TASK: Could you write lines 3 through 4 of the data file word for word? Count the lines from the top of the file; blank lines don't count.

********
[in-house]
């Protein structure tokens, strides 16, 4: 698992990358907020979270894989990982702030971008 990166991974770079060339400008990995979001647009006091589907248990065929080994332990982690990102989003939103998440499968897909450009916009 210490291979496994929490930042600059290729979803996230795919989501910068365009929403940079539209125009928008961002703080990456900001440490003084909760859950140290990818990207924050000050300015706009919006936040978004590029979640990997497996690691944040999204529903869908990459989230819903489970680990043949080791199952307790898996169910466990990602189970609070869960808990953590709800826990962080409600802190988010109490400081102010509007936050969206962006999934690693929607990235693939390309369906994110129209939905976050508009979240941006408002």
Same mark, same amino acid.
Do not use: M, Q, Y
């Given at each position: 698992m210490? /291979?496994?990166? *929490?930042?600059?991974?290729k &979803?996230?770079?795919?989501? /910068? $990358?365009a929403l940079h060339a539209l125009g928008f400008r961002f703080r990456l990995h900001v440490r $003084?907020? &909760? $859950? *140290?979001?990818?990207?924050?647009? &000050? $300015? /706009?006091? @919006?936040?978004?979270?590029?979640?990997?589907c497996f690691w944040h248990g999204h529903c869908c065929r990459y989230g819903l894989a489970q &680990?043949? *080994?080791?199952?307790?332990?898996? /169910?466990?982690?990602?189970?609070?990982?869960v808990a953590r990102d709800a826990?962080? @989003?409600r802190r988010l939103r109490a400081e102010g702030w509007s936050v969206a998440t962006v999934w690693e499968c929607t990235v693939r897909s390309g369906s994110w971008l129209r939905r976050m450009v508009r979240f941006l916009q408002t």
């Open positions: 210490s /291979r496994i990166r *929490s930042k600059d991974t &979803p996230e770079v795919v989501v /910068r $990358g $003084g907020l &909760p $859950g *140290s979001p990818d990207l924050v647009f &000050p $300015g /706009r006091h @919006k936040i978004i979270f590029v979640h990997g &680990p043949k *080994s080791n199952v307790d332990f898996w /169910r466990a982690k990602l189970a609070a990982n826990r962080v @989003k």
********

Same mark, same amino acid.
Do not use: M, Q, Y